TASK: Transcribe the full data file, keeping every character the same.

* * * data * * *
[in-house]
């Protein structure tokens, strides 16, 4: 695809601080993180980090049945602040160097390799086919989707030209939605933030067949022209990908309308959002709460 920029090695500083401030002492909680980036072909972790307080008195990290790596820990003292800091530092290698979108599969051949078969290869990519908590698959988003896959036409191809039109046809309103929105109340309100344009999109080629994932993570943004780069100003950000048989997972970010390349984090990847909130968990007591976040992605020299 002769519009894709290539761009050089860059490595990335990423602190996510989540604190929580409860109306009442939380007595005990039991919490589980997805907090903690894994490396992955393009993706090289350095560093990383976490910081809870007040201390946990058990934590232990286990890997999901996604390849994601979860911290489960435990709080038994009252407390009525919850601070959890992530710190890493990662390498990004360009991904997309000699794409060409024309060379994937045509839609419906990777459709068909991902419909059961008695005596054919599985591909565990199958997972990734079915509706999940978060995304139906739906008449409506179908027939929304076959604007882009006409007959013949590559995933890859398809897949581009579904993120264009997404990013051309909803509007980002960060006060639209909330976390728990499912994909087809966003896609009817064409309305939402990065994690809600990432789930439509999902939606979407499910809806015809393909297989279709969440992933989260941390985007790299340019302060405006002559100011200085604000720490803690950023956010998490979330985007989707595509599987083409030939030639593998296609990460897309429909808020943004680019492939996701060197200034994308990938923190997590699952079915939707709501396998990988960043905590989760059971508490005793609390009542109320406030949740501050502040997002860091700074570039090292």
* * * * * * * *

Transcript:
[in-house]
């Protein structure tokens, strides 16, 4: 695809601080993180980090049945602040160097390799086919989707030209939605933030067949022209990908309308959002709460 920029090695500083401030002492909680980036072909972790307080008195990290790596820990003292800091530092290698979108599969051949078969290869990519908590698959988003896959036409191809039109046809309103929105109340309100344009999109080629994932993570943004780069100003950000048989997972970010390349984090990847909130968990007591976040992605020299 002769519009894709290539761009050089860059490595990335990423602190996510989540604190929580409860109306009442939380007595005990039991919490589980997805907090903690894994490396992955393009993706090289350095560093990383976490910081809870007040201390946990058990934590232990286990890997999901996604390849994601979860911290489960435990709080038994009252407390009525919850601070959890992530710190890493990662390498990004360009991904997309000699794409060409024309060379994937045509839609419906990777459709068909991902419909059961008695005596054919599985591909565990199958997972990734079915509706999940978060995304139906739906008449409506179908027939929304076959604007882009006409007959013949590559995933890859398809897949581009579904993120264009997404990013051309909803509007980002960060006060639209909330976390728990499912994909087809966003896609009817064409309305939402990065994690809600990432789930439509999902939606979407499910809806015809393909297989279709969440992933989260941390985007790299340019302060405006002559100011200085604000720490803690950023956010998490979330985007989707595509599987083409030939030639593998296609990460897309429909808020943004680019492939996701060197200034994308990938923190997590699952079915939707709501396998990988960043905590989760059971508490005793609390009542109320406030949740501050502040997002860091700074570039090292």